Why You Should Be Journaling
I began writing when I was a teenager. In the throes of teenage angst, caught between new marriages for both my mother and my father and not quite knowing where I belonged, teetering on the edge of a pretty serious addiction, I turned to writing. When the "bad kids" in my grade would go and get themselves into trouble after school, I would opt to sit in my favorite English teacher's classroom and write. I wouldn't do homework, but I would write for hours on end, sharing what I had written and asking for her opinions. I would write short stories, and poetry, but a lot of the time I would just write whatever fell out of my brain.
Today I know that this writing was a form of catharsis, a release from the emotional stress and trauma I was going through. I was identified as "a writer", but I was really just a kid trying to get the gunk out of my head. I knew, even from that early age, that if I let it sit in there that it would fester and burn, and releasing it allowed me to cleanse and see situations more clearly. Did it help with the teenage angst? Not one bit. But it got me out of my own way most days, and also out of some potentially dangerous situations.
Men began journals back in the earliest days as a form of keeping track of where they were going. They would write about their day's journey, and reflect on the lessons that they had learned and the places they had discovered. They would also use it as a way to find their way back to places, even back home. When women began writing, they wrote as witnesses to their counterparts' journeys, and chronicled the emotions that they were feeling, but often were forced to repress. Their journals were called "diaries" and to this day, that term carries a feminine connotation connected to the writings of those times (Seaward, 2015, p. 248).
Today, journaling is used as a transpsychological therapy - a way of writing down what is inside of your head in order to reflect on it and discover patterns that can then be addressed. Journal writing has been identified as one, if not THE, most effective coping technique that we have available today. It opens the doorway between you and your thoughts, which can bring about the resolution of perceived stress. Expressive writing has positive impact on the individual in areas ranging from decreased blood pressure levels to helping people move on from relationships or deaths of loved ones (Seaward, 2015, p. 250).
The immediate effect of journal therapy is that we can let go of what is ailing us. We are literally dumping everything in our brain out onto a piece of paper, allowing our subconscious to release it's hold on those thoughts. Long term, we can divorce ourselves from our thoughts and look at them from an objective perspective, thereby developing an awareness of our triggers. Once we are aware, we can begin to notice those triggers and respond accordingly, rather than reacting as soon as they pop up (Seaward, 2015, p. 251).
Finally, putting words to paper may help a person to actually look at their issues, rather than filing them to the back of their conscience for review at a later time. In a study conducted by Margaret L. Keeling and Maria Bermudez about the effectiveness of externalizing problems through art and writing, it was found that "the deliberate and reflective nature of the exercise, specifically the use of journaling...appeared to have compelled participants to deal with problems rather than to avoid them and to work through their problems with privacy, safety, and in a naturalistic time frame" (Keeling & Bermudez, 2006). By writing the problem out on a piece of paper, you have to actually look at that problem. Examine it. See it through an objective lens that we cannot otherwise apply with those little voices inside of our heads whispering to us at all times!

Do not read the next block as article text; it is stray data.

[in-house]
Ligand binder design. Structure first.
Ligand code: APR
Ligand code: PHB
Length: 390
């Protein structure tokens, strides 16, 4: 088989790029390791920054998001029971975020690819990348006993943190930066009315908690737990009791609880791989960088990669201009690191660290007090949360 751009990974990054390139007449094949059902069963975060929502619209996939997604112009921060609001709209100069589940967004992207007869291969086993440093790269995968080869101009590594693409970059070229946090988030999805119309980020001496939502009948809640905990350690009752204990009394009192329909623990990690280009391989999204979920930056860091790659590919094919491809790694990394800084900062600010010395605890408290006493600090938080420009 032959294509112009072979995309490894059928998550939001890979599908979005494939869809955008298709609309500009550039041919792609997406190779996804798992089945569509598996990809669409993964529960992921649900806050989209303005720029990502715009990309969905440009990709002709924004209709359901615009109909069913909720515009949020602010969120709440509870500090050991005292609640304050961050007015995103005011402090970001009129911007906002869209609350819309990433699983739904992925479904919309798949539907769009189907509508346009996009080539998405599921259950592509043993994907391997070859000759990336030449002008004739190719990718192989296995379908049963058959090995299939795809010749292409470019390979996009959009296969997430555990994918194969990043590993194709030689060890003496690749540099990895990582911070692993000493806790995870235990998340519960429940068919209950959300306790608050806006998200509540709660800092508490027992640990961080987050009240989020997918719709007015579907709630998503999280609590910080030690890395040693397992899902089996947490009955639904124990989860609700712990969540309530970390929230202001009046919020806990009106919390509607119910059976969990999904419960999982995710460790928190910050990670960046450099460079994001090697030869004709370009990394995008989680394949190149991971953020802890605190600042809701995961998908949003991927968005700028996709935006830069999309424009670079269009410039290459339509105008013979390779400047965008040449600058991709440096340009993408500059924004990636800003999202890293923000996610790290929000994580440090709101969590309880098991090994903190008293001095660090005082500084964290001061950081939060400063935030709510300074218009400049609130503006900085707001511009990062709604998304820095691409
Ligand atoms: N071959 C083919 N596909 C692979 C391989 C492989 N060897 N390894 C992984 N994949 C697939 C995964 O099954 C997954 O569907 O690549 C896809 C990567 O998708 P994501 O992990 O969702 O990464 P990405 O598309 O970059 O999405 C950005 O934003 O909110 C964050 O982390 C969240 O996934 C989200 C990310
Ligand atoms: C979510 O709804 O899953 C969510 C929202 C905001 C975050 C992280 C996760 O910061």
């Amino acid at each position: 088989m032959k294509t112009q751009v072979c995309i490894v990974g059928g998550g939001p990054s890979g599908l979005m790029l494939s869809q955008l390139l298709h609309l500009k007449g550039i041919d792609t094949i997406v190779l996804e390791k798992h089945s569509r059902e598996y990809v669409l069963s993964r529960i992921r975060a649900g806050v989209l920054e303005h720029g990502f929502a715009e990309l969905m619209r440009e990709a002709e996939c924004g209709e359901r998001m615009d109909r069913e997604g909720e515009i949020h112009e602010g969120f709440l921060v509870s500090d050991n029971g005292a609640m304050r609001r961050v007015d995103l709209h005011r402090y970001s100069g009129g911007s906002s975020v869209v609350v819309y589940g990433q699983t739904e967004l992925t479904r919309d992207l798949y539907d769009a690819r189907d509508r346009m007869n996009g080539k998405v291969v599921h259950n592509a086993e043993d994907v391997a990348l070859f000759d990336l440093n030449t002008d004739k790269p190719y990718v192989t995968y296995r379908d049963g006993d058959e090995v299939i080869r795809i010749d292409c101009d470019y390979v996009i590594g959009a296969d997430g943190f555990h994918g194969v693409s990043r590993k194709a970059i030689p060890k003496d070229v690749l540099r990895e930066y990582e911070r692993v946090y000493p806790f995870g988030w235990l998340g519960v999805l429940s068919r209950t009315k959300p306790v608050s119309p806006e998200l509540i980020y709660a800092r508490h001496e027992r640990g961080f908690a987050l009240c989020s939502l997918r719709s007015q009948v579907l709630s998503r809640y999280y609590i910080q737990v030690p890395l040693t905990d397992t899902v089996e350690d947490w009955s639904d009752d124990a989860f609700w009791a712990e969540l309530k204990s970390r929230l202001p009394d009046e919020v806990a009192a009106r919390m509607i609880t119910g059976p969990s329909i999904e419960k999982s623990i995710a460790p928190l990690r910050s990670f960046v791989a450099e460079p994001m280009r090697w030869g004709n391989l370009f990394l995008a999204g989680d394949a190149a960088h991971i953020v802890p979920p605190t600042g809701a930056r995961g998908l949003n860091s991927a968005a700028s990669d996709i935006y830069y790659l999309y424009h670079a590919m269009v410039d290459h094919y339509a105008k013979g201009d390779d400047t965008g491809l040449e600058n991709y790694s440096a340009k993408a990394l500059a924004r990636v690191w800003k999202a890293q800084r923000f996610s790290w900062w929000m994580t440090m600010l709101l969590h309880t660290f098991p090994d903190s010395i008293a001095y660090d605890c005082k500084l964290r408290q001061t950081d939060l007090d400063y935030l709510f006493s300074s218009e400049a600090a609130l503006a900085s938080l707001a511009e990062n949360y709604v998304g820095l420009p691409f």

With the onslaught of digital media today, it can be difficult to navigate through the muck that we generously pour into our brains all day long. It's no wonder that it can get a little bit murky in there when it comes to solving complex personal problems. Sitting down in a quiet space with a journal once a day is an unparalleled way to find your own voice again and to be able to hold a mirror up to your perceived stressors.
Journaling opens up an honest communication pathway between your soul and yourself. Do you really need any other reason to start TODAY?
And if you are TOTALLY lost and don't know HOW to talk to yourself (or feel kinda funny doing it), I have a BUNCH of amazing guided journals that are inexpensive and can totally help you get the ball rolling here. This is an affiliate link, so if you do happen to click through and purchase something, I may receive a small commission at no extra cost to you. So, thanks for the cup of tea in advance!
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Cheers to your journey to self-discovery!
Keeling, M. L., & Bermudez, M. (2006). EXTERNALIZING PROBLEMS THROUGH ART AND WRITING: EXPERIENCES OF PROCESS AND HELPFULNESS. Journal of Marital and Family Therapy, 32(4), 405-19. Retrieved from https://search.proquest.com/docview/220946900?accountid=158302 (Links to an external site.)Links to an external site.
Seaward, B. L. (2015). Managing Stress: Principles and Strategies for Health and Well-Being (8th ed.). Burlington, MA: Jones and Bartlett Learning.